Mists of Misperception

I walked out my front door this morning and was confronted by the exotic and mysterious; a world where routine had been replaced by the shimmer of possibility and where everyday ordinary objects had been transformed into etheric shadow-selves; appearing and disappearing as if they were no more substantial than a mist.

Actually it was the mist that was the problem.  But it’s amazing the tricks that a thick, low-lying fog can play in your brain; the way it disconnects you from your normal perception of the world around you and instead presents you with the possibility of a world that may – or may not – be what you think it is.

In this world, my daughter took a dozen steps away from the front door and disappeared into a floating sea of possibility, becoming nothing more than a disembodied voice: “Mom, I just walked into the hedge.”

Okay, so that brought me around in quick order.  I grabbed my keys, found my car (and my daughter) and proceeded to drive her up to the bus stop, but even that was an adventure, for the headlights only cast enough light to see clearly a few feet ahead.

Driving like this you can’t be thinking about anything else.  You can’t be worried about what exactly it is that you just passed.  You can’t be distracted by the bear standing on the side of the road (Bear – what?!?  Oh, that’s right, that must be the neighbor’s new brick mailbox) and you can’t be worrying about what might be coming up on the road in the future.

Now is all that matters.  Now is all that IS.  You can only deal with what is put in your path at this precise moment in time.

I’ll give you a hint though; it helps if you drive slowly.  Trying to drive at your normal speed in the fog is just asking for trouble, especially if someone or something steps out in front of you; you’ll end up with a deer or a person (or the bear that turns out to be real after all) splattered across your radiator grill.  And no matter how much you’d like to be able to blame them it will be your fault for not driving at a speed that allows your brain to process what is resolving in front of you before you hit it.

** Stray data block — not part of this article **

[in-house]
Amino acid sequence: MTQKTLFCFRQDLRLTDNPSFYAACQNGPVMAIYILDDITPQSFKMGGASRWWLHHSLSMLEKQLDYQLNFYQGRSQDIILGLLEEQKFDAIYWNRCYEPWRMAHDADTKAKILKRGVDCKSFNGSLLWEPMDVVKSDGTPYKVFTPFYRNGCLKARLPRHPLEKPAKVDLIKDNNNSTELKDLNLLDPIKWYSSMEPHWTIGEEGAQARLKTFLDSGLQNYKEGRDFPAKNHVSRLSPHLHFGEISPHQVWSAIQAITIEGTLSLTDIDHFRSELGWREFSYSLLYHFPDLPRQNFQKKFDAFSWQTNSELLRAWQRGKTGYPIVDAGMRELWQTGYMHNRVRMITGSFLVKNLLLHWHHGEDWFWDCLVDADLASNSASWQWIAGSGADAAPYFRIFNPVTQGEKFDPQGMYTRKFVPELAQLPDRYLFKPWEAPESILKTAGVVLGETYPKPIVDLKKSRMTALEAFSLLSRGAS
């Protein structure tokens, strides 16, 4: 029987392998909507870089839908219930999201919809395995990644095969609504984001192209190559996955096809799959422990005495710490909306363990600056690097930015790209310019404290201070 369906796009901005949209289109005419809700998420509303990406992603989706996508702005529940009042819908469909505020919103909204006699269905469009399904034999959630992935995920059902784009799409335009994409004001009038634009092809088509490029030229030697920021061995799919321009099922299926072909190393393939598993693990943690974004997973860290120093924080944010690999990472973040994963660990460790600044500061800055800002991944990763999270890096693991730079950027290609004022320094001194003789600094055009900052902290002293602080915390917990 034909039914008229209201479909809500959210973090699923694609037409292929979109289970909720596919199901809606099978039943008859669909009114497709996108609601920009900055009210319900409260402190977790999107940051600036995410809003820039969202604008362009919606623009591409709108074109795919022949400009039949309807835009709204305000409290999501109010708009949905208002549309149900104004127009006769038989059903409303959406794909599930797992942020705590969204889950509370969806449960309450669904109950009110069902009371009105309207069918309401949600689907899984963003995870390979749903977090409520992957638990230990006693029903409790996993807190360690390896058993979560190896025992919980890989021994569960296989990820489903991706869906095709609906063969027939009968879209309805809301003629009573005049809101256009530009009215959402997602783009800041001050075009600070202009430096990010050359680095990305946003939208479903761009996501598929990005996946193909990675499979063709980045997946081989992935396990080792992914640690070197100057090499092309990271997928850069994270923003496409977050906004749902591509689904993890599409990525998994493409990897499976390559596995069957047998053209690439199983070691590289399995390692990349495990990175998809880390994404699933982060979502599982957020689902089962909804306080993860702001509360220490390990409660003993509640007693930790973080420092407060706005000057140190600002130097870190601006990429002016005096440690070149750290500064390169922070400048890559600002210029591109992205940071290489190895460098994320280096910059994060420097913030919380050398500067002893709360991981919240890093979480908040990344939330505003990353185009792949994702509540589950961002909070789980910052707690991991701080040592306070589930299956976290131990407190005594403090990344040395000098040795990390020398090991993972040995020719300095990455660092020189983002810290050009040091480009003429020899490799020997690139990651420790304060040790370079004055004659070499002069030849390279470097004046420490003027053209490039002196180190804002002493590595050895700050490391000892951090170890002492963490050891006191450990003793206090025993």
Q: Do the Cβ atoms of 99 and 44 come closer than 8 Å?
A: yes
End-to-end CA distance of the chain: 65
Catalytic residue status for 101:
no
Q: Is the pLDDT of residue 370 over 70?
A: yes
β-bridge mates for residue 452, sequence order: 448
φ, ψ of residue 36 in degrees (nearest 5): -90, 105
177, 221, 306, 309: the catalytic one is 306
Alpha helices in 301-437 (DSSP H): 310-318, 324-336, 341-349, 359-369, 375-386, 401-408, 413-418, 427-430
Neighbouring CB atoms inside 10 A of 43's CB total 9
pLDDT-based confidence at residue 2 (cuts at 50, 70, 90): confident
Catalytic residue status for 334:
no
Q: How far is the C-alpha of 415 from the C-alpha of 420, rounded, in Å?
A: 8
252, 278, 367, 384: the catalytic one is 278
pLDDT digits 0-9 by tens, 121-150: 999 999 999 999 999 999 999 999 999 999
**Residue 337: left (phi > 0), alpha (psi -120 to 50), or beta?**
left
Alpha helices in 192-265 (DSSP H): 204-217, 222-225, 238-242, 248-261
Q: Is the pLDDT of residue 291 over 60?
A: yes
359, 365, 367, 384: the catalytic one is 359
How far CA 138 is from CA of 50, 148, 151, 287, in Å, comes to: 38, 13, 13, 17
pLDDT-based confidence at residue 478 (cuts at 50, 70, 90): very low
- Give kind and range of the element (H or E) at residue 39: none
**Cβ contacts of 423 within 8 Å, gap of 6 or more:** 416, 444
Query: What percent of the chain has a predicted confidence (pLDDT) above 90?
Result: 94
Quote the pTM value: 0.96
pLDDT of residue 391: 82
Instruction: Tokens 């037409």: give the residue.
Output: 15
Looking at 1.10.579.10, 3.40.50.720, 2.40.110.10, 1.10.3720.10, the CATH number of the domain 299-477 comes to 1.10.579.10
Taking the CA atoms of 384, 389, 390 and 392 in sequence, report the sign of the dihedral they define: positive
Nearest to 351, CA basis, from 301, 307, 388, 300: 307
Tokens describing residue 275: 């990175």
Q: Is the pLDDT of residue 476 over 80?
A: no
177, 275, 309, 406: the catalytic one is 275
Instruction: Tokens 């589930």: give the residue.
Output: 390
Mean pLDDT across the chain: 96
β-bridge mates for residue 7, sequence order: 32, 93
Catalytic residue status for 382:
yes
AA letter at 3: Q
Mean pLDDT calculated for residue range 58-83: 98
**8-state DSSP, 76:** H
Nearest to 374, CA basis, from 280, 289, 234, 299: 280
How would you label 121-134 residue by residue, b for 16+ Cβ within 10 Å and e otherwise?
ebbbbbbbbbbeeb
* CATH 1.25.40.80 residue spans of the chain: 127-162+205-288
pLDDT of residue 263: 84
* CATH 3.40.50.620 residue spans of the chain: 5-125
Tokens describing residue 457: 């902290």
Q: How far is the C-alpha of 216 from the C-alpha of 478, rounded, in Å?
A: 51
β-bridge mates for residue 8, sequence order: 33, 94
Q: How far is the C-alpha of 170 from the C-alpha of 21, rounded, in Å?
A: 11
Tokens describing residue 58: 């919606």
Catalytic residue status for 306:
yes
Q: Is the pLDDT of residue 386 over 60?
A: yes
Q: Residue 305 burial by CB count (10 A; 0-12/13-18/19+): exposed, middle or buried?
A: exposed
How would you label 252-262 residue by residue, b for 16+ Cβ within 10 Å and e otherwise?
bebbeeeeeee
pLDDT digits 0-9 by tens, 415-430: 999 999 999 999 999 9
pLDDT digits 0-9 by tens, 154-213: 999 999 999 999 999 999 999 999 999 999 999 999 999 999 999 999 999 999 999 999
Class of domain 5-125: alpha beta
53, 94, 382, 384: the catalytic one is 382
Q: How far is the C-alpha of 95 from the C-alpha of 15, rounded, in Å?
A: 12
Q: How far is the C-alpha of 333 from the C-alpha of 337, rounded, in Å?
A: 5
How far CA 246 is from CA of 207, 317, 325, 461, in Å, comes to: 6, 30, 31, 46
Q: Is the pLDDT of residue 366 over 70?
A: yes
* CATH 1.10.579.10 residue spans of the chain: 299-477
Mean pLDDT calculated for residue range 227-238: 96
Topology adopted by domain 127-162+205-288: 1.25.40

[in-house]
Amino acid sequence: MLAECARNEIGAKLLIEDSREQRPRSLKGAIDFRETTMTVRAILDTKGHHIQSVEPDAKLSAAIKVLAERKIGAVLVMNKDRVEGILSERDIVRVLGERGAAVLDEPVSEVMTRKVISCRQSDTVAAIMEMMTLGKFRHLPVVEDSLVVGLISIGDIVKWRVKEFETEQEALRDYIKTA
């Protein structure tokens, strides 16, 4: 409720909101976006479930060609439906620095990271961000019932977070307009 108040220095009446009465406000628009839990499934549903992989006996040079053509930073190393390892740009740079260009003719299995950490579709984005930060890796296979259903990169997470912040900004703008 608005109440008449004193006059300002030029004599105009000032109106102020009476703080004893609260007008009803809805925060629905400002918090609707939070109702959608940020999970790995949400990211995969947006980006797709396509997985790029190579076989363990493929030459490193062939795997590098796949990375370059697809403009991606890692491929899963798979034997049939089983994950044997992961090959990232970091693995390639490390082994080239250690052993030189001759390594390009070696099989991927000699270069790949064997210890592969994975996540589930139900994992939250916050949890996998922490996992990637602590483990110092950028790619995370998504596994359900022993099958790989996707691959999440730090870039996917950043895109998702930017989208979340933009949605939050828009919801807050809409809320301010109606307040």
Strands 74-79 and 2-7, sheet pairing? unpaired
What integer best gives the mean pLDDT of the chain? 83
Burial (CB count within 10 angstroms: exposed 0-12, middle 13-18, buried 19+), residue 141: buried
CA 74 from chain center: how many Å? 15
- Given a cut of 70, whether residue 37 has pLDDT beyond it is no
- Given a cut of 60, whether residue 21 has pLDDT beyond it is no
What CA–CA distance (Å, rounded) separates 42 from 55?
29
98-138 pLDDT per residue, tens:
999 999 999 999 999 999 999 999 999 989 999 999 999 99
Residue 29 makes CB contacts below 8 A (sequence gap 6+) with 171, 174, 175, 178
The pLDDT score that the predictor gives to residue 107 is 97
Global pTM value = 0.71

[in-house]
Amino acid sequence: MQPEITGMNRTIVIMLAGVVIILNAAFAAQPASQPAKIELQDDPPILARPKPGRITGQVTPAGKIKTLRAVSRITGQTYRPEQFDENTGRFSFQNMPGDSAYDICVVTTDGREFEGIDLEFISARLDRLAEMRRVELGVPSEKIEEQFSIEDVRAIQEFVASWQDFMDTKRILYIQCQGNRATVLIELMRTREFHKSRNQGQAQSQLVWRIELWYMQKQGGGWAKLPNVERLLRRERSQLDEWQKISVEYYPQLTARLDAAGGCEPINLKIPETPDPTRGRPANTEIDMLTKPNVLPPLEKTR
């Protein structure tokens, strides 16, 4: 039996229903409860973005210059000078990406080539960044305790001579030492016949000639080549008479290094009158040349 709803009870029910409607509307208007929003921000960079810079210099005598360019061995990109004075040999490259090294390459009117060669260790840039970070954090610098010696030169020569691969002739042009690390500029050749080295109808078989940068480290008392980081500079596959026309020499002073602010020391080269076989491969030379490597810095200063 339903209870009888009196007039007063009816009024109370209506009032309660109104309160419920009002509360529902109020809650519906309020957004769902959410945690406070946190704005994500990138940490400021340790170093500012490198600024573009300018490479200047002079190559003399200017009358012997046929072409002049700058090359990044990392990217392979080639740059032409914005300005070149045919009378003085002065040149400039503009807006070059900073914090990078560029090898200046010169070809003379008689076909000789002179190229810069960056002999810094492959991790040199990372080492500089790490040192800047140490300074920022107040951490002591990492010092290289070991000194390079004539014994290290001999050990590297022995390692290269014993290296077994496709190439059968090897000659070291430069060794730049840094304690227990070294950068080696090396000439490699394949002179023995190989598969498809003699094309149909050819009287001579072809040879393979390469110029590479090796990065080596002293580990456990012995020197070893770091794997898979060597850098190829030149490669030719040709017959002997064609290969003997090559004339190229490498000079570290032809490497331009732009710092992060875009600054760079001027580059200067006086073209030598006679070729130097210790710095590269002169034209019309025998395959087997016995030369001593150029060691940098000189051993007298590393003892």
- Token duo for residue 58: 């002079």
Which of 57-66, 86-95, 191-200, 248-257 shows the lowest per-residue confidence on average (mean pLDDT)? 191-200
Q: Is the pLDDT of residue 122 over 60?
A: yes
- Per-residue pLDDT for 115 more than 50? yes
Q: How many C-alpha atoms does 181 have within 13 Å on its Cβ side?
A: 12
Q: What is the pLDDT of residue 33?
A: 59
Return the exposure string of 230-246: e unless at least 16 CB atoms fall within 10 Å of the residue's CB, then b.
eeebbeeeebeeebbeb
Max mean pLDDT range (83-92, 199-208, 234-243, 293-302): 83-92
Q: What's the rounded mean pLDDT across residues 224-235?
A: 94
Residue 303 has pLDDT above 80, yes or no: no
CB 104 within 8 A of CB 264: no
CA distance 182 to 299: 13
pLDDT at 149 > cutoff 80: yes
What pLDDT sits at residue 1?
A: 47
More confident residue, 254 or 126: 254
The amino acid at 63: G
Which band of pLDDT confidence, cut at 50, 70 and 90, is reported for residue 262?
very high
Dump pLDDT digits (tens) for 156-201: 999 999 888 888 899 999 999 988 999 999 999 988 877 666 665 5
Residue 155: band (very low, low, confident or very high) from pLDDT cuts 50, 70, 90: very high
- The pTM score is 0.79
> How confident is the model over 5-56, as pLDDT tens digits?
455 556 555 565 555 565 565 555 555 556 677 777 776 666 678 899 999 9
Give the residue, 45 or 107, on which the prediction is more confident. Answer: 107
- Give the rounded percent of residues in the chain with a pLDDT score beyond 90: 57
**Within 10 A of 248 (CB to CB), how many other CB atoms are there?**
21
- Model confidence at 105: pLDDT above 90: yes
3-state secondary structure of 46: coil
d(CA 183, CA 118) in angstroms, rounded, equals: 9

Very much like life, wouldn’t you say?

We spend so much time worrying about the impact of things we’ve already done; fretting about what could be coming up in the future and how we’ll possibly manage to deal with it that we don’t bother to pay attention to what is directly in front of us.  We miss the moment.  And sometimes not paying attention comes with a price; the knowledge that yet again we’ve messed something up by barreling full-speed ahead instead of taking time to come to grips with the situation that was resolving around us but which we were too preoccupied to notice until it’s too late.

If we would just take the time to let our hearts and minds catch up to our actions it wouldn’t be a problem.  We might not get where we think we are going as fast as we’d like.  In fact, if we listen to our hearts we might not even end up at the place that we thought we were headed for.  But we’ll have ended up where we are supposed to be, and at the time that we are supposed to be there, and with no outstanding claims against our karmic driver’s insurance for reckless driving.



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